Beefy Boxes and Bandwidth Generously Provided by pair Networks
We don't bite newbies here... much
 
PerlMonks  

Re: Security techniques every programmer should know

by eyepopslikeamosquito (Canon)
on Dec 29, 2004 at 02:06 UTC ( #417902=note: print w/ replies, xml ) Need Help??


in reply to Security techniques every programmer should know

Writing secure programs. Wow, that's a huge topic. Where to start? :-)

I suppose with some basic Perl references. The Camel Chapter 23 "Security" provides an excellent (and much more detailed than perlsec) overview of fundamental Perl security issues. This chapter is broken into: Handling Insecure Data, Cleaning Up Your Environment, Accessing Commands and Files Under Reduced Privileges, Handling Timing Glitches (Unix Kernel Security Bugs, Race Conditions, Temporary Files), Handling Insecure Code (Safe module, Code Masquerading as Data).

The Perl Cookbook has recipes: 8.17 (Testing a File for Trustworthiness), 19.4 (Writing a Safe CGI Program), 19.5 (Executing Commands Without Shell Escapes).

Can anyone comment on how safe is the Safe module? Sorry, I've not used it, though it is described in the Camel. Update: apparently it's not safe according to Safe.pm considered unsafe?.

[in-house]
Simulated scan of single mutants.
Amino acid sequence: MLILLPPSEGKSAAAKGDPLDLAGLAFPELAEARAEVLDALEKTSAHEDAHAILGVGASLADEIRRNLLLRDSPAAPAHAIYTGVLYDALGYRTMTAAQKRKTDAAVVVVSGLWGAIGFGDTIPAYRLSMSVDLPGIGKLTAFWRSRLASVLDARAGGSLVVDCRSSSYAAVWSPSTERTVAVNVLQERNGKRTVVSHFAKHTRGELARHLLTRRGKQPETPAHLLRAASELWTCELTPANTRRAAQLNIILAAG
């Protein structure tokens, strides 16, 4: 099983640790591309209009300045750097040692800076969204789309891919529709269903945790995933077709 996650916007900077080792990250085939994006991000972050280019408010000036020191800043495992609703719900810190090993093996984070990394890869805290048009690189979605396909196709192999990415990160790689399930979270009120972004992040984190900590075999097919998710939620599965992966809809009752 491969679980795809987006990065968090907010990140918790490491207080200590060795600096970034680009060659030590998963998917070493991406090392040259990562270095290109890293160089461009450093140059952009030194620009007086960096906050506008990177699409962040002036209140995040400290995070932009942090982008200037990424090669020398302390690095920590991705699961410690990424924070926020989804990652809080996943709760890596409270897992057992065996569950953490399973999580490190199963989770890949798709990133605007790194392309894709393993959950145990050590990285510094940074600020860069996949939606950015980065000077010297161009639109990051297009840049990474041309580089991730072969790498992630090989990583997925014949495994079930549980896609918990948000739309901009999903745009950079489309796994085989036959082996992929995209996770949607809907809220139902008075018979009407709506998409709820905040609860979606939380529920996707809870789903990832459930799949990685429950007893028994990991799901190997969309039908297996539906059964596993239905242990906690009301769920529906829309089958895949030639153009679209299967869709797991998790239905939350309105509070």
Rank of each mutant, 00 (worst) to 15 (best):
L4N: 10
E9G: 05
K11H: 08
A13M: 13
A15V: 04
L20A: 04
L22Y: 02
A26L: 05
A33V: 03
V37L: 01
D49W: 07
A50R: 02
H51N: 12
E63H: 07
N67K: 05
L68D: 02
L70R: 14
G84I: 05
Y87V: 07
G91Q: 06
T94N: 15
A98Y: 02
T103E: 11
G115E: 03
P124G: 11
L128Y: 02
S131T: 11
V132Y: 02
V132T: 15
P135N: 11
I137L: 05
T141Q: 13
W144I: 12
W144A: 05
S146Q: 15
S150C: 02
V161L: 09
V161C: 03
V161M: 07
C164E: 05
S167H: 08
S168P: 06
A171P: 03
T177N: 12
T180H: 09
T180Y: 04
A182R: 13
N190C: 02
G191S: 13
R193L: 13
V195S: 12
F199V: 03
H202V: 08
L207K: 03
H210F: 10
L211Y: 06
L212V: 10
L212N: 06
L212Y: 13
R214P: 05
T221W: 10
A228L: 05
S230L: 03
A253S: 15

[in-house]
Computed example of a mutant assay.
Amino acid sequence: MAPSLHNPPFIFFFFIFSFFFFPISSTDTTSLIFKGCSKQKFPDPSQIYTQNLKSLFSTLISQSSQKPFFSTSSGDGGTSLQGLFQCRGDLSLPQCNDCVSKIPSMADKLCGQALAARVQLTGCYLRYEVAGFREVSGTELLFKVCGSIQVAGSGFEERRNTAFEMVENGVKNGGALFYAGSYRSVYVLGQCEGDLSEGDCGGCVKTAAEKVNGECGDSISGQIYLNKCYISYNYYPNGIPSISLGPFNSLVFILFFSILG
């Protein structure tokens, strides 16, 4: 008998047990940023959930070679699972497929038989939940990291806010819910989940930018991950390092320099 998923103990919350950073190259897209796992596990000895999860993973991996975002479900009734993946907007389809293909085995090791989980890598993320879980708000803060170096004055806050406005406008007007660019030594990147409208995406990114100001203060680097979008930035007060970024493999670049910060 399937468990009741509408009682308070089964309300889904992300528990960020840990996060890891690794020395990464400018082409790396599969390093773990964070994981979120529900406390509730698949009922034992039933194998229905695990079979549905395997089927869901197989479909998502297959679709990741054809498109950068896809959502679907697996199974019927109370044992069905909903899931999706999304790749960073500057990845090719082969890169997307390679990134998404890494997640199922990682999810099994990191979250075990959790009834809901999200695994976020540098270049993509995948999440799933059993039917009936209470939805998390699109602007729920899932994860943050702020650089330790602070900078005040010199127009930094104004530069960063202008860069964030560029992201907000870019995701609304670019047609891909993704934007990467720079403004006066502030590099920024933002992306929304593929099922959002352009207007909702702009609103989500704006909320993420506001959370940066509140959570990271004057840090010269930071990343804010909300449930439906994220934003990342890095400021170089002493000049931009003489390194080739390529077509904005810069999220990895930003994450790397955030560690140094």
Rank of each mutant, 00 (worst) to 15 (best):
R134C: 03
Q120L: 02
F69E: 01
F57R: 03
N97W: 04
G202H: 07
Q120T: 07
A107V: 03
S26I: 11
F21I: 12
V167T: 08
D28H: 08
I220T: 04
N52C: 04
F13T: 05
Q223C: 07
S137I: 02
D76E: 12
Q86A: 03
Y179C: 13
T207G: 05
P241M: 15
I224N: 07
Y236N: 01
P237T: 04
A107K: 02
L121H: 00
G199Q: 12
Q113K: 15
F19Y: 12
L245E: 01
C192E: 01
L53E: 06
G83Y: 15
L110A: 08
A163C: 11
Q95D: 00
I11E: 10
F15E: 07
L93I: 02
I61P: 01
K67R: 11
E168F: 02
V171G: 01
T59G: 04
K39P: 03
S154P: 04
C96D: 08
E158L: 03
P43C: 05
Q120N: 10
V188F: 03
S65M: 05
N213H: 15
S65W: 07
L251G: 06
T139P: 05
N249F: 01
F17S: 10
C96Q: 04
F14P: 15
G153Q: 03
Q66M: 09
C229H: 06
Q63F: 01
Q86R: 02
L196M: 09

The venerable suidperl has apparently had all known insecurities plugged by Paul Szabo in Perl 5.8.4. However, "For new projects the core perl team would strongly recommend that you use dedicated, single purpose security tools such as sudo in preference to suidperl" (perl584delta).

Which leads me to an important general piece of security advice (simplifying outrageously): Keep up-to-date with the latest version of perl. Well, that's a bit over the top; keep an eye on security alerts and perldelta security bug fixes and upgrade your perl judiciously. Apart from Paul's heroic suidperl fixes, security bugs are being squashed all the time. For example, perl 5.8 introduced Hash Randomisation and ensuring that sort never goes O(n-squared). Despite these two important denial-of-service (DoS) improvements, Perl regular expressions remain a concern for DoS attacks, it being easy to write (and hard to detect) a regular expression that finishes after the heat death of the universe.


Comment on Re: Security techniques every programmer should know

Log In?
Username:
Password:

What's my password?
Create A New User
Node Status?
node history
Node Type: note [id://417902]
help
Chatterbox?
and the web crawler heard nothing...

How do I use this? | Other CB clients
Other Users?
Others examining the Monastery: (8)
As of 2014-09-01 09:05 GMT
Sections?
Information?
Find Nodes?
Leftovers?
    Voting Booth?

    The best computer themed movie is:











    Results (299 votes), past polls